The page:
Whether you're studying overseas or taking an overdue sabbatical, author Nicola Beedle shares five things she wished she'd known before her year out
One day you’re shopping on Oxford Street, the next you’re trying to get cash out in a little Peruvian town – no wonder the banks block our cards. The best (and most obvious, but easily forgotten) way to avoid this is to tell your bank that you are going away.
It can be as simple as logging onto your online account before you leave and filling out a form. You can also give them a call or nip into a local branch. I know – yawn! – but it’s more than worth it when you’re not red-faced trying to pay your first bill.
You have unlimited access for a whole year to a culture which is entirely new to you – could there be a better opportunity to really get under the skin of a country? In the tiny corner of Andalucia where I stayed, there was so much to see; from snow-capped mountains to mouth-watering tapas and jaw-dropping flamenco moves. The rest of Andalucia held so much more too, let alone the rest of the country.
Plan trips as often as possible with natives and get out there and see it all – don’t come back with regrets!
It’s tempting to book the flight back as soon as you arrive (or even before that) but going home too much can really jeopardise your year out. By going home, you miss out on the awesome events happening around your town that all your new found friends are going to. What’s more, it’ll make you miss home even more because you’ll only get to see your friends for a couple of weeks at the most. It’s only a year, take advantage of this, stay as long as possible and experience it to the full.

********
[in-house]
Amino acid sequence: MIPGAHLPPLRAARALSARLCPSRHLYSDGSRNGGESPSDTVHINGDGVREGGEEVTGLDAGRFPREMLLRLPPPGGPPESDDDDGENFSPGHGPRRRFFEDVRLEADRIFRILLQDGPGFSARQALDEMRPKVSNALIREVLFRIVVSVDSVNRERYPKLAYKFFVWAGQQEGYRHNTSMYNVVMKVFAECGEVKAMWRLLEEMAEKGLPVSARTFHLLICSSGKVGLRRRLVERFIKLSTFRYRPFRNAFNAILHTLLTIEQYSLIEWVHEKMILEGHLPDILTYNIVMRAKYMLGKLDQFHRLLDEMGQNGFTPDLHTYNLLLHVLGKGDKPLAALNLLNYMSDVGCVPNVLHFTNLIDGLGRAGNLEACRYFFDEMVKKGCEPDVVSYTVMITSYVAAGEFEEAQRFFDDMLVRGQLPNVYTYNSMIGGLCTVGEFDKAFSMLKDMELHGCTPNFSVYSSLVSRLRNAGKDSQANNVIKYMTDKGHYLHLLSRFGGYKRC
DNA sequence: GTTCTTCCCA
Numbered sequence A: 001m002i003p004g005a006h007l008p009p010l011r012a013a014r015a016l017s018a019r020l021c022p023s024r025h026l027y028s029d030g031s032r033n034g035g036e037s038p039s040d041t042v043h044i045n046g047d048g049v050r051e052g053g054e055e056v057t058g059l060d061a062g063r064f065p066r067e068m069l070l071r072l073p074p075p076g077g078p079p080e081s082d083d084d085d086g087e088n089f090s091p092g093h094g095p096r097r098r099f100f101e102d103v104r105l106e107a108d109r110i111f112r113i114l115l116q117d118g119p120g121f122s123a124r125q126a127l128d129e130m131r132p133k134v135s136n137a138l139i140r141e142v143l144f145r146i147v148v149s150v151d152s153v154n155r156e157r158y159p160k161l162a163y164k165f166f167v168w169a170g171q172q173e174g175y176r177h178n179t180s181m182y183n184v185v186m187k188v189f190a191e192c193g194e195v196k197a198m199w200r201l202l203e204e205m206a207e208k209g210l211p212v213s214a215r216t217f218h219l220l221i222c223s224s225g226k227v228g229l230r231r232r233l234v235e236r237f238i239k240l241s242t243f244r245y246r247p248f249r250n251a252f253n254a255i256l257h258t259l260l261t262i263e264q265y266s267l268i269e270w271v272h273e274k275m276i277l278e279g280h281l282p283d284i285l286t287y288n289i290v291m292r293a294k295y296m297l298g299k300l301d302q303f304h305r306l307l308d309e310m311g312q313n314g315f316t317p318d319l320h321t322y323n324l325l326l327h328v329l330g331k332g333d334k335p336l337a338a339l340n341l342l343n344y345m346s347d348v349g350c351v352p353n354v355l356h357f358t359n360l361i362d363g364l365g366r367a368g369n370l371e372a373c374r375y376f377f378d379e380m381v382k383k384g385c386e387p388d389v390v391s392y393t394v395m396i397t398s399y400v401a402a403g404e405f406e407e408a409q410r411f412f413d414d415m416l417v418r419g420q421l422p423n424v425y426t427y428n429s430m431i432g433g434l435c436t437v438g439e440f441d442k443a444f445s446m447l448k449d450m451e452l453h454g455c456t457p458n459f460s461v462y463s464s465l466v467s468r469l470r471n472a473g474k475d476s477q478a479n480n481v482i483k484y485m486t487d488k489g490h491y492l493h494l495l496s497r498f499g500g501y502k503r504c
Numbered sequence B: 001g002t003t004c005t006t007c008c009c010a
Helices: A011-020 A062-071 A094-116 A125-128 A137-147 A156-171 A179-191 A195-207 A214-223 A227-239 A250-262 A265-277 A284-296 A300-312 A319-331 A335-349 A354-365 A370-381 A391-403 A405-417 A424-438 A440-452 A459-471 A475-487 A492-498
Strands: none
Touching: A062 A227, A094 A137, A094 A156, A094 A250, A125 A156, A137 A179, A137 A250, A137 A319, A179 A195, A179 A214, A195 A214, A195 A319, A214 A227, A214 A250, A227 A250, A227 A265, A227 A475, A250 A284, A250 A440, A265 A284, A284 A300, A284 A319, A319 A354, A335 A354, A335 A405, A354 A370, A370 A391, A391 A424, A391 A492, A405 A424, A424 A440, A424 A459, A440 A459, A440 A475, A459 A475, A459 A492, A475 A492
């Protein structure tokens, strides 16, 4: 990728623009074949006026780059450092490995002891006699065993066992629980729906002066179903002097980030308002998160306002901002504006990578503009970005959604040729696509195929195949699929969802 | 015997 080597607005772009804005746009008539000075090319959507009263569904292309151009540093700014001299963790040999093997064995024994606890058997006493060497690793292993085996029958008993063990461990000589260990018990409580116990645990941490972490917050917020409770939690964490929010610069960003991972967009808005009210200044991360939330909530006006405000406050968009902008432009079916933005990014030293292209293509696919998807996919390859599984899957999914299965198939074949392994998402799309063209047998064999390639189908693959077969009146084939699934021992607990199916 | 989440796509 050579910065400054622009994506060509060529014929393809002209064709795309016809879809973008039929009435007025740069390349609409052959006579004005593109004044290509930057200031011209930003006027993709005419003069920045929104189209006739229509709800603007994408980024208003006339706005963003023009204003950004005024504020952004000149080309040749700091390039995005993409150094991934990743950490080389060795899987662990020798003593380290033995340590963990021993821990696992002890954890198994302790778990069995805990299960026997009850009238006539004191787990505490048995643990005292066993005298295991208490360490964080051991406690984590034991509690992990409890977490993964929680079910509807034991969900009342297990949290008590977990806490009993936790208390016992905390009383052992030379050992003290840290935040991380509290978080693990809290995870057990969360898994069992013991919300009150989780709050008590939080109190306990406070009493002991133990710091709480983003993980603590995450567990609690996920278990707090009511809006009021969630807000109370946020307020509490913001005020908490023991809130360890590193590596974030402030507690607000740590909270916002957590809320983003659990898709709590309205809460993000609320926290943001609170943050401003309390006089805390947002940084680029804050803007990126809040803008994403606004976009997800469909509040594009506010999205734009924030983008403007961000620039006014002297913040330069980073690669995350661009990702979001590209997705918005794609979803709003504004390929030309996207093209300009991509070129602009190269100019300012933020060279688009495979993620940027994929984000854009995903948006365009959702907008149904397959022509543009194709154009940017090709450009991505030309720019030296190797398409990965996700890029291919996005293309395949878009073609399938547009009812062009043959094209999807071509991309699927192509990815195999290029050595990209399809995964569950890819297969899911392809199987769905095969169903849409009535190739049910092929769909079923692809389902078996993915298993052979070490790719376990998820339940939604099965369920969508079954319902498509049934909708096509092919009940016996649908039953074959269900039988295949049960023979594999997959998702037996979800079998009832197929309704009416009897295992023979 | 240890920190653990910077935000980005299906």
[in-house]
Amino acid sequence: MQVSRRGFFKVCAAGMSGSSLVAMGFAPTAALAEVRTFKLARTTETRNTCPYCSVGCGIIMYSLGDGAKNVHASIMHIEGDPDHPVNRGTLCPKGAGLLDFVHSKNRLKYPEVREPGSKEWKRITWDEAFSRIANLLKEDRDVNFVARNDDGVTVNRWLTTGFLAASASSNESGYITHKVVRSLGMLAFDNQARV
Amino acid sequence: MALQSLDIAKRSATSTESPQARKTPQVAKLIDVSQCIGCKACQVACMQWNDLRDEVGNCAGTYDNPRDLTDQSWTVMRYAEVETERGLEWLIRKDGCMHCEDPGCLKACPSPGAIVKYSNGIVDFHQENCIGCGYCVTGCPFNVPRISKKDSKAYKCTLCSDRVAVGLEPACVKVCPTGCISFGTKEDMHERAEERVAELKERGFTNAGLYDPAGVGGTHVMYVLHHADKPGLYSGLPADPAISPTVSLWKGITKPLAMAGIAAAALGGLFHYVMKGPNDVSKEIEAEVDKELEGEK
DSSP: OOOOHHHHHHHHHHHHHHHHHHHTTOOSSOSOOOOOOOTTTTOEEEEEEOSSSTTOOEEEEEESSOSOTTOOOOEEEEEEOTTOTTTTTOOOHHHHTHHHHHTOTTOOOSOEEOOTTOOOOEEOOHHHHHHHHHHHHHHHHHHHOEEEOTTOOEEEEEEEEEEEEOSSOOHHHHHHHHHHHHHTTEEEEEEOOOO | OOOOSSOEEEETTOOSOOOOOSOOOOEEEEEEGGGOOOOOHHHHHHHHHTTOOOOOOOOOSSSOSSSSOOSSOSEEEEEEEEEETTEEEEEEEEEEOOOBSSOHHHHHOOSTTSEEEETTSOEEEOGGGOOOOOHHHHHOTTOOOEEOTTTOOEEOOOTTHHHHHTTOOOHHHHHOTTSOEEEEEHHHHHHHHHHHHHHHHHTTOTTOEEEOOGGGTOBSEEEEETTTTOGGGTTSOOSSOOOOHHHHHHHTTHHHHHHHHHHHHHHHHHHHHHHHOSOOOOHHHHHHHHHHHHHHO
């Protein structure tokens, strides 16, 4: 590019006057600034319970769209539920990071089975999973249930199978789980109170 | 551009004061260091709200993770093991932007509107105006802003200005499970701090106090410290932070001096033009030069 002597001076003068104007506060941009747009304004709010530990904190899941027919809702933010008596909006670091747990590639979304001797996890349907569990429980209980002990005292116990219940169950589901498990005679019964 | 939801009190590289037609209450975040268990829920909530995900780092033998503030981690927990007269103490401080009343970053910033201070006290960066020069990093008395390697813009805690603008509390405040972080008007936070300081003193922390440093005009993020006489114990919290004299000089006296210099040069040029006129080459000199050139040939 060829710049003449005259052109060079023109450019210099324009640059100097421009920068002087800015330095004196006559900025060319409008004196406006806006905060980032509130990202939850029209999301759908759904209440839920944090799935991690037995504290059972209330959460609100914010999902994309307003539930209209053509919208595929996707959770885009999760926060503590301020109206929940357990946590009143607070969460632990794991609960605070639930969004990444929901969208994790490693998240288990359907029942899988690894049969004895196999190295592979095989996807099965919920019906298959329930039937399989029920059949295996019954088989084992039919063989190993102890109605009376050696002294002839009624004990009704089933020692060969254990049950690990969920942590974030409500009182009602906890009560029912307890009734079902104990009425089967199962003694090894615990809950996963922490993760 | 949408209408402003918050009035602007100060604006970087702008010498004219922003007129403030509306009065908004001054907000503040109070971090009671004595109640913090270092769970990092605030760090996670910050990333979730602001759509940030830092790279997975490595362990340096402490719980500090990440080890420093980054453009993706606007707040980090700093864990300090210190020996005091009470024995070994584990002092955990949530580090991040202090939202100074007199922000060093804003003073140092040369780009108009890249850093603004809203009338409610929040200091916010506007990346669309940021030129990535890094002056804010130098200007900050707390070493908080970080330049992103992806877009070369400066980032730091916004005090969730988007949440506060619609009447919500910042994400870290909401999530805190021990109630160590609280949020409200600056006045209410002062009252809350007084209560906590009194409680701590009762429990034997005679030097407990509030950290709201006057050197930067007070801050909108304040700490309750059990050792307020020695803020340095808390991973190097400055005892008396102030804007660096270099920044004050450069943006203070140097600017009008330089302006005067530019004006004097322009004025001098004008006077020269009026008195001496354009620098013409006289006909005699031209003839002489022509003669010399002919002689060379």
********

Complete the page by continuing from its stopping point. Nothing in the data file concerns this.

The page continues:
It’s something we all worry about. What if people don’t like me? What if I don’t make friends? What if I’m alone? There’s a simple answer to that: absolutely everyone makes friends – whether they want to or not. From natives to people from your home country to people from other parts of the world, the very essence of a year out is the people you will meet. For years to come you’ll remember the cascading waterfalls and the beautiful sunsets, but above all you’ll remember the beautiful, happy, weird and wonderful people you met along the way.
Despite my worries, misgivings and down-right nervousness about speaking a foreign language to locals for the very first time, my year abroad was one of the best years of my life. Regardless of cost, place and culture, most people have a great time on their year out. Most wish they could do it all over again.
Had I known this, I probably wouldn’t have spent so much time worrying and would have just gone there safe in the knowledge that the year ahead of me was going to bring joy, laughter, amazing people and places, mind-boggling tapas and a whole heap of fun.Nicola Beedle, author of new book Surviving Your Year Abroad, is a former year abroad student and professional translator. The book covers a range of topics, including budgeting and coping financially, what to expect on day one, a step-by-step organisation guide and the essential ‘must dos’, ‘how tos’ and ‘what to dos’. The book is available in paperback and Kindle format online now.
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